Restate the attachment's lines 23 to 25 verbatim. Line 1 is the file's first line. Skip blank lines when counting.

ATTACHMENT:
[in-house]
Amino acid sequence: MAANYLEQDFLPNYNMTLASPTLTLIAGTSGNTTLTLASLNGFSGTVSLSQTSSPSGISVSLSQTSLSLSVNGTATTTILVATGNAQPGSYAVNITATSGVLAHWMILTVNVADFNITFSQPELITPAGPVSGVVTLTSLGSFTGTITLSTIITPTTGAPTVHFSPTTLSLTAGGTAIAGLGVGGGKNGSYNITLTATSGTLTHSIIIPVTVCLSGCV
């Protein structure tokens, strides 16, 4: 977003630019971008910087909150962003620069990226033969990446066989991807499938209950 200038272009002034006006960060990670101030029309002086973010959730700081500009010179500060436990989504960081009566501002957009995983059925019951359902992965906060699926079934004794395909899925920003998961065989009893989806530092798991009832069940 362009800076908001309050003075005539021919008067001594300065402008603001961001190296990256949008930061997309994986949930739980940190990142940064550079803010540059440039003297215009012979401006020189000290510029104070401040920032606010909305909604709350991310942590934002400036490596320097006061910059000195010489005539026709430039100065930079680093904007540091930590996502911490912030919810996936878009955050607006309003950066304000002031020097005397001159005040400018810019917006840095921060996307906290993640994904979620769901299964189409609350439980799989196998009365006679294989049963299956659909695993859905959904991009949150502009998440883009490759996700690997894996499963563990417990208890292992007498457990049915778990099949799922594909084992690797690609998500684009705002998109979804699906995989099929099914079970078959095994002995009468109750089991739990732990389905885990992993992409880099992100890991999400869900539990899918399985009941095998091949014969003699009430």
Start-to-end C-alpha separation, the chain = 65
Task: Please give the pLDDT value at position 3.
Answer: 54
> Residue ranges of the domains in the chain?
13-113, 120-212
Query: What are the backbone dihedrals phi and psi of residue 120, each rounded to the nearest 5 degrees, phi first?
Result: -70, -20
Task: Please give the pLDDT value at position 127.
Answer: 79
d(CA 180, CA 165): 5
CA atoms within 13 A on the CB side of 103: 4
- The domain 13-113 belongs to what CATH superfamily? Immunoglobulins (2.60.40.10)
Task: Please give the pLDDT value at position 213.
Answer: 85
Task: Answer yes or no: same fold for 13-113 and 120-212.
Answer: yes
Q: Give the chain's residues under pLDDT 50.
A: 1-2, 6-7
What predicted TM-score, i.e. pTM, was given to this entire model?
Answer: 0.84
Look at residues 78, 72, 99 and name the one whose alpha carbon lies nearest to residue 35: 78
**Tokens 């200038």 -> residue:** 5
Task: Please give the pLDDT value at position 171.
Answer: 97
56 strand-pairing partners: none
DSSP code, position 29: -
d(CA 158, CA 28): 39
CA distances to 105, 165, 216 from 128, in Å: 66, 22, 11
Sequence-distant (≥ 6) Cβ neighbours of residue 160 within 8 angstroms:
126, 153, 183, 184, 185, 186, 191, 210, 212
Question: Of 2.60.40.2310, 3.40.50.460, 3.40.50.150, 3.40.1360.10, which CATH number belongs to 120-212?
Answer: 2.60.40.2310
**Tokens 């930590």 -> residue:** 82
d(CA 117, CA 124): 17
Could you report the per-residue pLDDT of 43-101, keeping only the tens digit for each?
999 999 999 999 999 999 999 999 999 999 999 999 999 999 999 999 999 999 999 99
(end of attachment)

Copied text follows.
Answer: 0.84
Look at residues 78, 72, 99 and name the one whose alpha carbon lies nearest to residue 35: 78
**Tokens 């200038």 -> residue:** 5